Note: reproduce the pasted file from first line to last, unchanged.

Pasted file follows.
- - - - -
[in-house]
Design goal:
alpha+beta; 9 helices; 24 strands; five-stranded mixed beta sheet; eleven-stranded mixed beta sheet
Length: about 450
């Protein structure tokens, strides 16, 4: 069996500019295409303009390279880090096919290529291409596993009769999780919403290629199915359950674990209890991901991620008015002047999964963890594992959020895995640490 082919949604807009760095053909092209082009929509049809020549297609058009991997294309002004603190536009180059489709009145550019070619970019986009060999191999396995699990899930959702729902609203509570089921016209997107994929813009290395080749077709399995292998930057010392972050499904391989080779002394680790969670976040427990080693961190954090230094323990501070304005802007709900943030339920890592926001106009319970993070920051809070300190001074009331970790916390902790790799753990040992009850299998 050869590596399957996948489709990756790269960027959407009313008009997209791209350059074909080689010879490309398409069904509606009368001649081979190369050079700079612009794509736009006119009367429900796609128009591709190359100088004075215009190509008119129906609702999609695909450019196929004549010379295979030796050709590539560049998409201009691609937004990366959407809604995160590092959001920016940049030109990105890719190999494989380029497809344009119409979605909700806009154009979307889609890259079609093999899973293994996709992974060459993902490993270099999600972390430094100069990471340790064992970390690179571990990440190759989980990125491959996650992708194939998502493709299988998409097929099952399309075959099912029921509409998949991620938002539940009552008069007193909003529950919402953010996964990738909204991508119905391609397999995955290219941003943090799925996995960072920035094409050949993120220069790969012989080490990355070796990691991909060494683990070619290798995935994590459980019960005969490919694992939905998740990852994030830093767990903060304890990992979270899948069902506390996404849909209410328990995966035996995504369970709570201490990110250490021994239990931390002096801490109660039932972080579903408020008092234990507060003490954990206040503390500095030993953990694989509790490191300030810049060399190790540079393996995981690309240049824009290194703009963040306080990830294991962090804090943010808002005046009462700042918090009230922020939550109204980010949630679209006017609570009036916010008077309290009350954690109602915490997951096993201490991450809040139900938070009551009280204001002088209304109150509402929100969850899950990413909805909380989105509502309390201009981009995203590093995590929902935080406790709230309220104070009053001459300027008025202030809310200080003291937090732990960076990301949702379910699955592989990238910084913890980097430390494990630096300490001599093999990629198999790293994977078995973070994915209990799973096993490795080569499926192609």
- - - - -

[in-house]
Design goal:
alpha+beta; 9 helices; 24 strands; five-stranded mixed beta sheet; eleven-stranded mixed beta sheet
Length: about 450
């Protein structure tokens, strides 16, 4: 069996500019295409303009390279880090096919290529291409596993009769999780919403290629199915359950674990209890991901991620008015002047999964963890594992959020895995640490 082919949604807009760095053909092209082009929509049809020549297609058009991997294309002004603190536009180059489709009145550019070619970019986009060999191999396995699990899930959702729902609203509570089921016209997107994929813009290395080749077709399995292998930057010392972050499904391989080779002394680790969670976040427990080693961190954090230094323990501070304005802007709900943030339920890592926001106009319970993070920051809070300190001074009331970790916390902790790799753990040992009850299998 050869590596399957996948489709990756790269960027959407009313008009997209791209350059074909080689010879490309398409069904509606009368001649081979190369050079700079612009794509736009006119009367429900796609128009591709190359100088004075215009190509008119129906609702999609695909450019196929004549010379295979030796050709590539560049998409201009691609937004990366959407809604995160590092959001920016940049030109990105890719190999494989380029497809344009119409979605909700806009154009979307889609890259079609093999899973293994996709992974060459993902490993270099999600972390430094100069990471340790064992970390690179571990990440190759989980990125491959996650992708194939998502493709299988998409097929099952399309075959099912029921509409998949991620938002539940009552008069007193909003529950919402953010996964990738909204991508119905391609397999995955290219941003943090799925996995960072920035094409050949993120220069790969012989080490990355070796990691991909060494683990070619290798995935994590459980019960005969490919694992939905998740990852994030830093767990903060304890990992979270899948069902506390996404849909209410328990995966035996995504369970709570201490990110250490021994239990931390002096801490109660039932972080579903408020008092234990507060003490954990206040503390500095030993953990694989509790490191300030810049060399190790540079393996995981690309240049824009290194703009963040306080990830294991962090804090943010808002005046009462700042918090009230922020939550109204980010949630679209006017609570009036916010008077309290009350954690109602915490997951096993201490991450809040139900938070009551009280204001002088209304109150509402929100969850899950990413909805909380989105509502309390201009981009995203590093995590929902935080406790709230309220104070009053001459300027008025202030809310200080003291937090732990960076990301949702379910699955592989990238910084913890980097430390494990630096300490001599093999990629198999790293994977078995973070994915209990799973096993490795080569499926192609």